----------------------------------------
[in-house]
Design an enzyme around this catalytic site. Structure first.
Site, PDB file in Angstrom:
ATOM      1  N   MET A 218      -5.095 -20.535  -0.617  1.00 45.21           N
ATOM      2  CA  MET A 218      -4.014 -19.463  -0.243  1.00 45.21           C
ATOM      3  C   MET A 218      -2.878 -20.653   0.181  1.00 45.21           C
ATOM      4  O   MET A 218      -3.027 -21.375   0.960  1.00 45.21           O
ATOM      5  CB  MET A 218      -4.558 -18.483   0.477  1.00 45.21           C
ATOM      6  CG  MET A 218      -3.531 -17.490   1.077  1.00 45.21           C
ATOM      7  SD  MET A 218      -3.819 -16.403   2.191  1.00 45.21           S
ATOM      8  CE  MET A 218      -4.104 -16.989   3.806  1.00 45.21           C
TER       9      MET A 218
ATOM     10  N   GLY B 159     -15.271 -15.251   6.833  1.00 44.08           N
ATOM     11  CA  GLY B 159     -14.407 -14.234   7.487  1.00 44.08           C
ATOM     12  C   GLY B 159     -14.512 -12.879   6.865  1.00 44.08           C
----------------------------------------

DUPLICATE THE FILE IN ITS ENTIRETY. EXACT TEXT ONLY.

[in-house]
Design an enzyme around this catalytic site. Structure first.
Site, PDB file in Angstrom:
ATOM      1  N   MET A 218      -5.095 -20.535  -0.617  1.00 45.21           N
ATOM      2  CA  MET A 218      -4.014 -19.463  -0.243  1.00 45.21           C
ATOM      3  C   MET A 218      -2.878 -20.653   0.181  1.00 45.21           C
ATOM      4  O   MET A 218      -3.027 -21.375   0.960  1.00 45.21           O
ATOM      5  CB  MET A 218      -4.558 -18.483   0.477  1.00 45.21           C
ATOM      6  CG  MET A 218      -3.531 -17.490   1.077  1.00 45.21           C
ATOM      7  SD  MET A 218      -3.819 -16.403   2.191  1.00 45.21           S
ATOM      8  CE  MET A 218      -4.104 -16.989   3.806  1.00 45.21           C
TER       9      MET A 218
ATOM     10  N   GLY B 159     -15.271 -15.251   6.833  1.00 44.08           N
ATOM     11  CA  GLY B 159     -14.407 -14.234   7.487  1.00 44.08           C
ATOM     12  C   GLY B 159     -14.512 -12.879   6.865  1.00 44.08           C